In 1908, the AOU held its 26th annual congress in Cambridge, Massachusetts, and published volume 25 (new series) and volume 33 (old series) of The Auk. At the annual business meeting, Edward W. Nelson was elected president. Frank M. Chapman continued as Vice-President and was joined by A. K. Fisher. John H. Sage entered his 19th year as Secretary, and Jonathan Dwight, Jr., served his fifth year as Treasurer. The Council consisted of seven members—Ruthven Deane, Thomas S. Roberts, Witmer Stone, William Dutcher, Charles W. Richmond, Henry W. Henshaw, and F. A. Lucas—and seven ex-presidents. J. A. Allen continued as Editor of The Auk for his 25th volume, and Frank M. Chapman was Associate Editor.
The annual business meeting was called to order on the night of Monday, 16 November, in “Mr. William Brewster's museum,” the Museum of Comparative Zoology (MCZ) at Harvard University. Sixteen Fellows were in attendance. The membership was 888 individuals, 38 more than the year before, in five categories: 48 Fellows, 13 Honorary Fellows, 62 Corresponding Fellows, 75 Members, and 690 Associates. During the year, the Union lost 79 members: 9 by death, 41 by resignation, and 29 for nonpayment of dues. The report of the Treasurer showed the finances of the Union to be in satisfactory condition.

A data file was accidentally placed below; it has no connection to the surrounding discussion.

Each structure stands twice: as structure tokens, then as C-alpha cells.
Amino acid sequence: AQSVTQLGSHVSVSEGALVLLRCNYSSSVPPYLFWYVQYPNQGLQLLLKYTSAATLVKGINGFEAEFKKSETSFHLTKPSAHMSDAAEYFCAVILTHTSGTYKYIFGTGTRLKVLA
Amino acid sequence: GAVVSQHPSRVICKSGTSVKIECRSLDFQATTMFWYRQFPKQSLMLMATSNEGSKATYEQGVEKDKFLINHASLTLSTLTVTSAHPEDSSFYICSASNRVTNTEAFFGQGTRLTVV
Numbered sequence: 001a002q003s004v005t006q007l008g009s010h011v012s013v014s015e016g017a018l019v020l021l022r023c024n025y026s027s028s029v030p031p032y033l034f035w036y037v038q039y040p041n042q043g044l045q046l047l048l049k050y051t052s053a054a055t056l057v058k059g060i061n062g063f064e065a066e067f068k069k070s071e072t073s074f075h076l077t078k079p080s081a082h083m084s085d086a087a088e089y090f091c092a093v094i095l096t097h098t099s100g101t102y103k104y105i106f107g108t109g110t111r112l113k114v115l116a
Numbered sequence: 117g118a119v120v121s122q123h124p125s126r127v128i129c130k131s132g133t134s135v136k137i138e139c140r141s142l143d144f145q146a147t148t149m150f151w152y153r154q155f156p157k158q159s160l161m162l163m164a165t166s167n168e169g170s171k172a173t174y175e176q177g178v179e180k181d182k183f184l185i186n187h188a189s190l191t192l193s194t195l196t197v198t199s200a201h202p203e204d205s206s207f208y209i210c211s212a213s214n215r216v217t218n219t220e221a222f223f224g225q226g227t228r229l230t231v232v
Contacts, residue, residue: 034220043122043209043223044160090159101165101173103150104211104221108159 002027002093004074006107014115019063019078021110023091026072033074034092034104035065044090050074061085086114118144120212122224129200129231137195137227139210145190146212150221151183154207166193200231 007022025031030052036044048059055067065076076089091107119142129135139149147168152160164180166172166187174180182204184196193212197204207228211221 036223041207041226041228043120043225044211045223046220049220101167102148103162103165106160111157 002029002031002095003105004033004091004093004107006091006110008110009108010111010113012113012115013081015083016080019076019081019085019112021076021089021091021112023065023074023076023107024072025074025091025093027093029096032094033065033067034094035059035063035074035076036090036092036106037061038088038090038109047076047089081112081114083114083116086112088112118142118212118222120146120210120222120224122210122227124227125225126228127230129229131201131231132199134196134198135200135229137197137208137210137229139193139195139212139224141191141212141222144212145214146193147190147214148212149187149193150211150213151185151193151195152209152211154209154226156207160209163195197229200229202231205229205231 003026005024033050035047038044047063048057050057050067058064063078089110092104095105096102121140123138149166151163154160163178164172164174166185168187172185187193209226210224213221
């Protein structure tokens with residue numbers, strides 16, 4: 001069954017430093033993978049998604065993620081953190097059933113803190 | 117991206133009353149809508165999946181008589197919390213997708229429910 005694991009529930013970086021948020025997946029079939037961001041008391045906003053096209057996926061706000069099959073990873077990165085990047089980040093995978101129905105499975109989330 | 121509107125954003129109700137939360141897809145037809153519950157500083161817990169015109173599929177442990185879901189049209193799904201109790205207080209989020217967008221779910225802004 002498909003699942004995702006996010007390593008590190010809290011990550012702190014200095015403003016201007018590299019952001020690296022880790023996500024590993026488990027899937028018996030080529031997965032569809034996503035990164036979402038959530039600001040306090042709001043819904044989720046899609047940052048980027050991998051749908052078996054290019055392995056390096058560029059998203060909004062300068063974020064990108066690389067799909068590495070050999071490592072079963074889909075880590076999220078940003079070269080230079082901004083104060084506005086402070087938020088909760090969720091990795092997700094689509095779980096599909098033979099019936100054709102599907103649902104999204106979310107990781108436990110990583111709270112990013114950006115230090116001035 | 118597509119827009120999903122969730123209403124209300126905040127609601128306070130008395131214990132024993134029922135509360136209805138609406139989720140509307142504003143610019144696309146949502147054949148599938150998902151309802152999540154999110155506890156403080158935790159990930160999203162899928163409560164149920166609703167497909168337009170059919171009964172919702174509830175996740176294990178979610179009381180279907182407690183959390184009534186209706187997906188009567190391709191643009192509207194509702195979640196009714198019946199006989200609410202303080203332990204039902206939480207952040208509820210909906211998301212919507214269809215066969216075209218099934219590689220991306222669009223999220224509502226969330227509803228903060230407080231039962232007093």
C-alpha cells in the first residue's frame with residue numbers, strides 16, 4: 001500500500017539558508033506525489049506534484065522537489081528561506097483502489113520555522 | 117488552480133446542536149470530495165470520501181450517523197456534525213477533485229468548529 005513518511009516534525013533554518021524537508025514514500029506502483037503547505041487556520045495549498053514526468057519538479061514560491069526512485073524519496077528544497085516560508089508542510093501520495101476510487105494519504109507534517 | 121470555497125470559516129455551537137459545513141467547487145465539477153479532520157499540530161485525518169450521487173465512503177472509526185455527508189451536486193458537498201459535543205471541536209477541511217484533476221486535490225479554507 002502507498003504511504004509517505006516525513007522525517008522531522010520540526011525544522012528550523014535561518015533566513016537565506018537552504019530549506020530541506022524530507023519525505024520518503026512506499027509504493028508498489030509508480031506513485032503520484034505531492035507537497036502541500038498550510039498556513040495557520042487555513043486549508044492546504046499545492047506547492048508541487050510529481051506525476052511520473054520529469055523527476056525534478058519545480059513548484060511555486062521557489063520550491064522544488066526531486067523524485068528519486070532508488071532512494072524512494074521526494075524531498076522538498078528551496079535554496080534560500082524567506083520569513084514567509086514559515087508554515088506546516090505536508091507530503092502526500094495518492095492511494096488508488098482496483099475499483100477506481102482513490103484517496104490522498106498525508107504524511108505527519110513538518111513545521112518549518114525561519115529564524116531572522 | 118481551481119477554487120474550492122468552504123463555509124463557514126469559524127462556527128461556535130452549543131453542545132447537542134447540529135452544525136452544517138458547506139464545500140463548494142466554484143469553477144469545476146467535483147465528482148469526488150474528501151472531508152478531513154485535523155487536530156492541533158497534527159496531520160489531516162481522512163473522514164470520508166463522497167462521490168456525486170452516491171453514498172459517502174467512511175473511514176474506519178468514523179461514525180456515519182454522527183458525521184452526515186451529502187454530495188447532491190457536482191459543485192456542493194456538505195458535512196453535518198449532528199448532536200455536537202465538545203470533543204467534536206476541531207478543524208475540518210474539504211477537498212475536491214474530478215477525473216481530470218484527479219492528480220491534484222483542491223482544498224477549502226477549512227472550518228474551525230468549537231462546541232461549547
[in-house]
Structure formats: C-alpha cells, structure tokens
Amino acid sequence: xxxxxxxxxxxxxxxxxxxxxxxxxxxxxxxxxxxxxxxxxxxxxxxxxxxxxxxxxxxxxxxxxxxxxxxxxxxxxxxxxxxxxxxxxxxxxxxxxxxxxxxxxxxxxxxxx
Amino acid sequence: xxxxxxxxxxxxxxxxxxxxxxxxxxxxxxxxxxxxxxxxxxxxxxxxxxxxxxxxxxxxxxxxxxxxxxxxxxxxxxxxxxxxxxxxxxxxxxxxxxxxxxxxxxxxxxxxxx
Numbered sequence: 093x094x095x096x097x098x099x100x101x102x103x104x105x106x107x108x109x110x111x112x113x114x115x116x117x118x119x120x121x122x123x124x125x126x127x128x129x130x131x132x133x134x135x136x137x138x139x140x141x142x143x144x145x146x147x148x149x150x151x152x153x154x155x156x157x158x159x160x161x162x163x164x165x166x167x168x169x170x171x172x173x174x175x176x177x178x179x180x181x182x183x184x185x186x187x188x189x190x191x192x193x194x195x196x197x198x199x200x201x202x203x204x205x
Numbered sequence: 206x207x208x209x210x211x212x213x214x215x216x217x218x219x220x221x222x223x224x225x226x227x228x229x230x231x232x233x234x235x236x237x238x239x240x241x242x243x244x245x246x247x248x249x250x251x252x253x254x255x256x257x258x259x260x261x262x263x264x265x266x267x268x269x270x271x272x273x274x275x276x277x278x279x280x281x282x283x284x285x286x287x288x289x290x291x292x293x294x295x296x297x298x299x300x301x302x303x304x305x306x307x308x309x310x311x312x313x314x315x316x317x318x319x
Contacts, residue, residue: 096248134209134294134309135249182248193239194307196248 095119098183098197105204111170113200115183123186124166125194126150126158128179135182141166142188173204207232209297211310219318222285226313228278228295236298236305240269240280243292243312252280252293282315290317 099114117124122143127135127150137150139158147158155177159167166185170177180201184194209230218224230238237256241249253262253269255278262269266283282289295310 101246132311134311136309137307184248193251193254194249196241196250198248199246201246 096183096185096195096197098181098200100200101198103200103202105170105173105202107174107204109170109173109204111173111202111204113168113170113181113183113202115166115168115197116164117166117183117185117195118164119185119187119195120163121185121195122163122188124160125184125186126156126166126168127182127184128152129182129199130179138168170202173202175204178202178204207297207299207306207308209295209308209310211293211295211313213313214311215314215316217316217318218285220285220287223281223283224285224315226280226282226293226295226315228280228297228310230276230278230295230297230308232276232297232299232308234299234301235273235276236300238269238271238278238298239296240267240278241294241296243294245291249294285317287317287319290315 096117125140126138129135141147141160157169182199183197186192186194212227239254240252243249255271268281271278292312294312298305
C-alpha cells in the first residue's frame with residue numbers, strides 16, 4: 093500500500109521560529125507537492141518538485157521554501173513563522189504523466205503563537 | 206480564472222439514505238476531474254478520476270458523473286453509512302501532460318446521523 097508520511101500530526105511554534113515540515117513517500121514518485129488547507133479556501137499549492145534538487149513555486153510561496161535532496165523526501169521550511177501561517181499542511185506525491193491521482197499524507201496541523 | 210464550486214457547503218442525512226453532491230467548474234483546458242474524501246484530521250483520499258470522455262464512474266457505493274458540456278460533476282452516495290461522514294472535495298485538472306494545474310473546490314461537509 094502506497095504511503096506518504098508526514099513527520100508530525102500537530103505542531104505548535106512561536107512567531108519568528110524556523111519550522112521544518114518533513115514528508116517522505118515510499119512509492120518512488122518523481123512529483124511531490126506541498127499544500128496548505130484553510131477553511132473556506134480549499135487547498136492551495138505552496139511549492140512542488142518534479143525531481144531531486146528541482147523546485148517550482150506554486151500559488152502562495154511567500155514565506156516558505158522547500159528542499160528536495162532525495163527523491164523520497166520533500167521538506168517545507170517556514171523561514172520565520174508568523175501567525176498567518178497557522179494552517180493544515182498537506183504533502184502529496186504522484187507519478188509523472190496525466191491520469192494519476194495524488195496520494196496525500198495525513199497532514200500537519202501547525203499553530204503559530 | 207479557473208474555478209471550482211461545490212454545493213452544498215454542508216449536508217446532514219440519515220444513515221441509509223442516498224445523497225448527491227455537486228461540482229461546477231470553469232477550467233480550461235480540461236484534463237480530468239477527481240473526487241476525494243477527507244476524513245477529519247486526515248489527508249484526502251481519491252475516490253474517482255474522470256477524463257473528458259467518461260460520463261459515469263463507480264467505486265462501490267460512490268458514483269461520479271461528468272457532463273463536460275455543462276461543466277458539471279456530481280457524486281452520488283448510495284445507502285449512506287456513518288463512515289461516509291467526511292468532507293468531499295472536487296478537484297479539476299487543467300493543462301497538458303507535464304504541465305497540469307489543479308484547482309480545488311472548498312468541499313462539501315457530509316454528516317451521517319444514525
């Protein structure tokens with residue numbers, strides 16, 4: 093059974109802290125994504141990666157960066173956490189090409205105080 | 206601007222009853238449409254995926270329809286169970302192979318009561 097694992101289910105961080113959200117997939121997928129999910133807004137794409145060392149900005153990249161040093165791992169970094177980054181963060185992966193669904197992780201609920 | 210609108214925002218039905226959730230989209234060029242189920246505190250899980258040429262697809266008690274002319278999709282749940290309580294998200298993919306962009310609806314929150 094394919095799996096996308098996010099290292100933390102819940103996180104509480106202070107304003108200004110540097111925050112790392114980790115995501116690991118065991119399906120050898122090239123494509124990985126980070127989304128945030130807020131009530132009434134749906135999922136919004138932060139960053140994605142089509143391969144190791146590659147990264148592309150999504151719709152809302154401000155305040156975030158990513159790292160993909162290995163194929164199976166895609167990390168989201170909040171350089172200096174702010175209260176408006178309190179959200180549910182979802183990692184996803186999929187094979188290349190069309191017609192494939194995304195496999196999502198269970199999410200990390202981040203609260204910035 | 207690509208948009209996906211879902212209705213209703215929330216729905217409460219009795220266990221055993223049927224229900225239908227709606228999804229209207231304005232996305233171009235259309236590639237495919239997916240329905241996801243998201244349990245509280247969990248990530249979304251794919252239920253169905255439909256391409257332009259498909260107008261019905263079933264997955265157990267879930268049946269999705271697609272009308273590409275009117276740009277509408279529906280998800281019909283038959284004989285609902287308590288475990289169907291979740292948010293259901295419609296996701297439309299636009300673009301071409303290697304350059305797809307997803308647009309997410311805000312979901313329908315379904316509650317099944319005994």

One Fellow, an Honorary Fellow, and seven Associates had died during the previous year. One of the founding members of the AOU, Charles Aldrich (1828–1908), died at age 79 in Iowa. Not an ornithologist, Aldrich was a lover of nature and an early conservationist. He was invited to join the AOU by his friend, Elliott Coues. A native of New York, he had moved to Iowa in 1857, where he started several successful newspapers. He collected signatures as a hobby and donated his collection of several thousand famous signatures to the State Library of Iowa. Many of the signatures were of famous ornithologists with whom he had corresponded. An Honorary Member of the AOU, J. V. Barbosa du Bocage (1823–1907), died at his home in Lisbon at the age of 84. For many years, he was Professor of Zoology in the Royal Polytechnic Institute and Director of the National Zoological Museum at Lisbon before entering politics. He was especially known for his investigations in African ornithology, to which he contributed a long series of papers. His Ornithologie d'Angola, published in two parts in 1877 and 1881, was a work of about 600 pages, with 10 colored plates, and gave a very complete summary of the avifauna of the Portuguese Possessions in Africa. The zoology collection at the Lisbon Museum was named the Bocage Museum in his honor.